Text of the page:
Utilizing teaming is a key way to address the epidemic of teacher mental health issues stemming from stress and burn-out.
Teaching is a stressful job.
According to a survey by a teacher’s union in the UK, one in 10 teachers say they have been prescribed anti-depressant drugs to cope with the pressure of their jobs. “Teachers report turning to medication, alcohol, tobacco and caffeine to help them cope with their job, with 22% reporting increased use of alcohol, 22% increased use of caffeine and 5% increased use of tobacco to help them manage work-related stress.”
What to Do?
“Teachers can take important steps to prevent burnout. For example, overwhelming work volume can be combatted with better grading practices, effective collaboration, not overcommitting, acquiring better curriculum or using sources that make finding such curriculum fast and easy, and leveraging the right technology tools that make a teacher’s job easier.”
Teacher, or “Teamer”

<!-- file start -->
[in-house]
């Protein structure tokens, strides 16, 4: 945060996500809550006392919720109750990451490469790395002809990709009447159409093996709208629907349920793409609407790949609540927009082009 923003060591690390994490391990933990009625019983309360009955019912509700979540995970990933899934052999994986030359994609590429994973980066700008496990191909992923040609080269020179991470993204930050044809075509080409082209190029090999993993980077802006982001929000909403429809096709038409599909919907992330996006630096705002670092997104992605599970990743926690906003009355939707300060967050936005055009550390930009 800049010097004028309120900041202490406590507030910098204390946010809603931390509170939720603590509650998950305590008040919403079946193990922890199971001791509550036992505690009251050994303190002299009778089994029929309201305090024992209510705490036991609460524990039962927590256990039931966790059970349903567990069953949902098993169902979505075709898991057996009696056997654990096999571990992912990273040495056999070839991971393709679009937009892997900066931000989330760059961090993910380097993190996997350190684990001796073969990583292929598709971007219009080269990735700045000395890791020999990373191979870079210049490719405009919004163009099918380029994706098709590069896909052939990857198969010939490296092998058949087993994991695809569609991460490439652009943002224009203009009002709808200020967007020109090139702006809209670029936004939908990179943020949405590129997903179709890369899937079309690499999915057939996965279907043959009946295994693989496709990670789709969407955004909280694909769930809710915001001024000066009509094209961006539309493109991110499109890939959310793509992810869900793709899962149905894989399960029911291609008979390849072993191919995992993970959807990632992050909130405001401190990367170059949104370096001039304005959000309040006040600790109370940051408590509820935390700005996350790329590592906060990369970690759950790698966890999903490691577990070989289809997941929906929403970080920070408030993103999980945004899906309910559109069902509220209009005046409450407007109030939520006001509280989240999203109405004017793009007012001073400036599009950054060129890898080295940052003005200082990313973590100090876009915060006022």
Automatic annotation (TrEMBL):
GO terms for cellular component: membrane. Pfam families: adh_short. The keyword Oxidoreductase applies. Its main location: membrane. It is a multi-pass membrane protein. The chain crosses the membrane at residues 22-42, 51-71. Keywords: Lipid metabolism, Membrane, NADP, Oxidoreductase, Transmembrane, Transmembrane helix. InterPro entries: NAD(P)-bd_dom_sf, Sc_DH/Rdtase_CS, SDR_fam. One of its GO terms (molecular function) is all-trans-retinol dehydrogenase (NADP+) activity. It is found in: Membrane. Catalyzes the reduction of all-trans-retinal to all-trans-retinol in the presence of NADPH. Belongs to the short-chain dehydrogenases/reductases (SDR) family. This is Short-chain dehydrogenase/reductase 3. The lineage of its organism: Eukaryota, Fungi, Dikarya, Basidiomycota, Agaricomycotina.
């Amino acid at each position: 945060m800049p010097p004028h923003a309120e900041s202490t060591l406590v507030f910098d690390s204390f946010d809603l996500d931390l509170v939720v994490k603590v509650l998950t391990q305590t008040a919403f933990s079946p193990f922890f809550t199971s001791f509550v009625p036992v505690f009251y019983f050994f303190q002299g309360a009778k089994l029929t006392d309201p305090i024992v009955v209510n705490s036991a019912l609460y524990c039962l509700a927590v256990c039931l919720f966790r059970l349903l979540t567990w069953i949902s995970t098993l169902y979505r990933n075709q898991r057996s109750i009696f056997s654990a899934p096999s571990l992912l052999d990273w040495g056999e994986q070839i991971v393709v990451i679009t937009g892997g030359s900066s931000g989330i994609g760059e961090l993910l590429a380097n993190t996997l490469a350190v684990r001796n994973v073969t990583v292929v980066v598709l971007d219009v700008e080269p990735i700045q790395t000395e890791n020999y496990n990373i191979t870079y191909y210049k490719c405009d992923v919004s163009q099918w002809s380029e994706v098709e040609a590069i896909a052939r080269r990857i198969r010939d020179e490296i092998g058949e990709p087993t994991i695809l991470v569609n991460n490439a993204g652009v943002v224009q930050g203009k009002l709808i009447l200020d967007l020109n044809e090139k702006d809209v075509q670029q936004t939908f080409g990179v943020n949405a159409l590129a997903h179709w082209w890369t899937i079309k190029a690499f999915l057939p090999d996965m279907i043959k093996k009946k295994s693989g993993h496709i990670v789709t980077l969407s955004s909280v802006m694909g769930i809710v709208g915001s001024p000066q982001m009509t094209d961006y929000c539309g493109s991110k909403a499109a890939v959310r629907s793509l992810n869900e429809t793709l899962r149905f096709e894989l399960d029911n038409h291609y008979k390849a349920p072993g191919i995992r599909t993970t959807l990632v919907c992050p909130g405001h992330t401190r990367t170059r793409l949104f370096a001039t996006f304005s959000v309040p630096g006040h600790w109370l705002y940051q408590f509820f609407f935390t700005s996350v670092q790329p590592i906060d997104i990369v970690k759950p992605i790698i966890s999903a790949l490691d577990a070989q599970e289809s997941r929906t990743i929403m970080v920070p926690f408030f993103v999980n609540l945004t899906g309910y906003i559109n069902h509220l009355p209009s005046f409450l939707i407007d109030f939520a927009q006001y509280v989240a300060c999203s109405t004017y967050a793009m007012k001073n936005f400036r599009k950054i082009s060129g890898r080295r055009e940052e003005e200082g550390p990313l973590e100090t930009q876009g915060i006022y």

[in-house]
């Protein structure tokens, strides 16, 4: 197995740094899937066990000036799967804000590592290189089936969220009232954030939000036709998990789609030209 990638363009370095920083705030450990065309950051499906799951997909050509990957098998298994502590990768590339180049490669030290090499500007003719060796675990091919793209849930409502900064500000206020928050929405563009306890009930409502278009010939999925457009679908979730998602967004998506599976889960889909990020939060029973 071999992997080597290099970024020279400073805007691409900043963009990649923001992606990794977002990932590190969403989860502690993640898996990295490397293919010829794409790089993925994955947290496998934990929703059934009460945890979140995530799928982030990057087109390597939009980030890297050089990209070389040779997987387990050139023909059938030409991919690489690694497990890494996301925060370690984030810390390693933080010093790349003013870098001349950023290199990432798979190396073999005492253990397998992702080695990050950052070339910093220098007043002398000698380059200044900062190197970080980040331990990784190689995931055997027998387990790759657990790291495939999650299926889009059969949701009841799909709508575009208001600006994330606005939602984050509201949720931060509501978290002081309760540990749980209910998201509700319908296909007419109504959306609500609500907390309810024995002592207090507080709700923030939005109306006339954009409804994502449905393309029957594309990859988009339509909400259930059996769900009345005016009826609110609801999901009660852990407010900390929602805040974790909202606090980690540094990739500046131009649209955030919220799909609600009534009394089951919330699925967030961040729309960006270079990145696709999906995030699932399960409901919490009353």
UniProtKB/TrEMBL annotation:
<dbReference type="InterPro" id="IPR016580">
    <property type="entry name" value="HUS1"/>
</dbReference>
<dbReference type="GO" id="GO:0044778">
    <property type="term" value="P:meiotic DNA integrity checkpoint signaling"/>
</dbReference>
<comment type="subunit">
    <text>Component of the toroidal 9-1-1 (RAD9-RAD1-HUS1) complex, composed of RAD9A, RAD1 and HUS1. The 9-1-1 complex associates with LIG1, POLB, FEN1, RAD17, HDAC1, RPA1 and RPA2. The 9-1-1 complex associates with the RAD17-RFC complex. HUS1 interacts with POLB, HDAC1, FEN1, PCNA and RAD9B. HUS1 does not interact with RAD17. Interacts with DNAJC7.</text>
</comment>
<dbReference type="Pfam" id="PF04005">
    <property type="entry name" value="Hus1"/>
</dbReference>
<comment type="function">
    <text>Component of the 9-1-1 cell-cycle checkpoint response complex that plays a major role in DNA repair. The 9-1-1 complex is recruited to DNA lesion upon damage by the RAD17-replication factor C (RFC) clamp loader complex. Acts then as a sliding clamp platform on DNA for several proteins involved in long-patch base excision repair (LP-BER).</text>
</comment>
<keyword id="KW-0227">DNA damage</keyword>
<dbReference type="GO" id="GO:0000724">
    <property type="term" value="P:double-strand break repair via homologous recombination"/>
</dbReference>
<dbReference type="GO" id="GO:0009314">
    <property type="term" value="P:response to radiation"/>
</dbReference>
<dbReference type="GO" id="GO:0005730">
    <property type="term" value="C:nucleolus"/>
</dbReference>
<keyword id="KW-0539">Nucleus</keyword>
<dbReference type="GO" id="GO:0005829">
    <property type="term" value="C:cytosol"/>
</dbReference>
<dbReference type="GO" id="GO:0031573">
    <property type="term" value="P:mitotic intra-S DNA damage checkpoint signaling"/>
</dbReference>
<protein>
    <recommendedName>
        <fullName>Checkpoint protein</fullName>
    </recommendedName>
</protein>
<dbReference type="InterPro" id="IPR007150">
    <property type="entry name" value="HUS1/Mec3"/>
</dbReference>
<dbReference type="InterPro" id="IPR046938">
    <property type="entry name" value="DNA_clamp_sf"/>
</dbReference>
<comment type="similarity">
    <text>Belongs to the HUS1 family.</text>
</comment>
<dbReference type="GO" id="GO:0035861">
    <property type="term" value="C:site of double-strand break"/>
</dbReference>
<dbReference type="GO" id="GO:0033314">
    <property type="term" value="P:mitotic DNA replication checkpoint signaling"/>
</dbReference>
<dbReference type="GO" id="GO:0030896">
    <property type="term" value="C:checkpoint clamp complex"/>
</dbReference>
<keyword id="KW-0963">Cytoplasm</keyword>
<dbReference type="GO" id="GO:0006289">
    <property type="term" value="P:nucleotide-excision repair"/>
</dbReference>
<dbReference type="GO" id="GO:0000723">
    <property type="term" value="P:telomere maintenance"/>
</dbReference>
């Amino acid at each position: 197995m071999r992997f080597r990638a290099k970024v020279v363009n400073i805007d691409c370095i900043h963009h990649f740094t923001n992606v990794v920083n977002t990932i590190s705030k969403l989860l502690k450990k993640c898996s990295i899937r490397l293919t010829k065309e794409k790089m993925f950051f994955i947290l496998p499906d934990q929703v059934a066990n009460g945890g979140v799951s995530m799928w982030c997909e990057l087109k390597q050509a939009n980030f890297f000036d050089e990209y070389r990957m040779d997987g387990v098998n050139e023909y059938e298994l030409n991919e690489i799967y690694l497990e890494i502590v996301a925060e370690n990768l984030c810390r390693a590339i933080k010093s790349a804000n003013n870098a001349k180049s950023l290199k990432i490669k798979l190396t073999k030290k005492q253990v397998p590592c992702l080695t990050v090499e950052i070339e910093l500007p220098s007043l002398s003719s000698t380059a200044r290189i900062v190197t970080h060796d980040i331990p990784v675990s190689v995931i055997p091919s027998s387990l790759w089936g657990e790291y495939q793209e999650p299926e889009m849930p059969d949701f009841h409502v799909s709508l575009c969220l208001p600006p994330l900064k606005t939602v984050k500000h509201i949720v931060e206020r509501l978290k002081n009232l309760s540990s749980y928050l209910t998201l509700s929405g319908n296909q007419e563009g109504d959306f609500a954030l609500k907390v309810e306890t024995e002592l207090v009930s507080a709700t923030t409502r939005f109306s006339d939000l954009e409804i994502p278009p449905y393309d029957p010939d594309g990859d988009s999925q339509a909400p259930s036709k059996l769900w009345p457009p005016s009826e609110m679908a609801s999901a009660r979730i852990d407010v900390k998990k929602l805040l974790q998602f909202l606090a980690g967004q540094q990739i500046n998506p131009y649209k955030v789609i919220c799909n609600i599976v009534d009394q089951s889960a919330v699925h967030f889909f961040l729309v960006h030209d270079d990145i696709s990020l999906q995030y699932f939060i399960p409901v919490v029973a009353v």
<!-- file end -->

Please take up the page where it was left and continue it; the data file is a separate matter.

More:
I think we should replace the name “teacher” with “teamer”. It gives a better basis for where education is, and should be, heading currently. The current new T-TESS standards for teachers in Texas emphasize a team approach between teachers and parents, students, administrators, and colleagues. This is an important and very positive step, if it is done in a way that involves an encouraging and supportive role by administrators and between colleagues. Teaching is also shifting from “sage on the stage” to learner-centered, meaning the students are given a greater responsibility in their own learning. T-TESS also is putting more emphasis on technology, which can be a very effective way to minimize workload. In a way, using online resources is a teaming strategy that connects educators internationally. Grading practices that utilize technology apps (such as google forms, goformative.com, zipgrade, etc) can cut down on hours of grading as well as increase effectiveness of assessments. Curriculum is also widely available online; many free resources can be tapped into to cut down on planning time and create lesson plans/assignments. A cornerstone piece of making teaching less stressful and more enjoyable is collaboration between campus and district co-workers.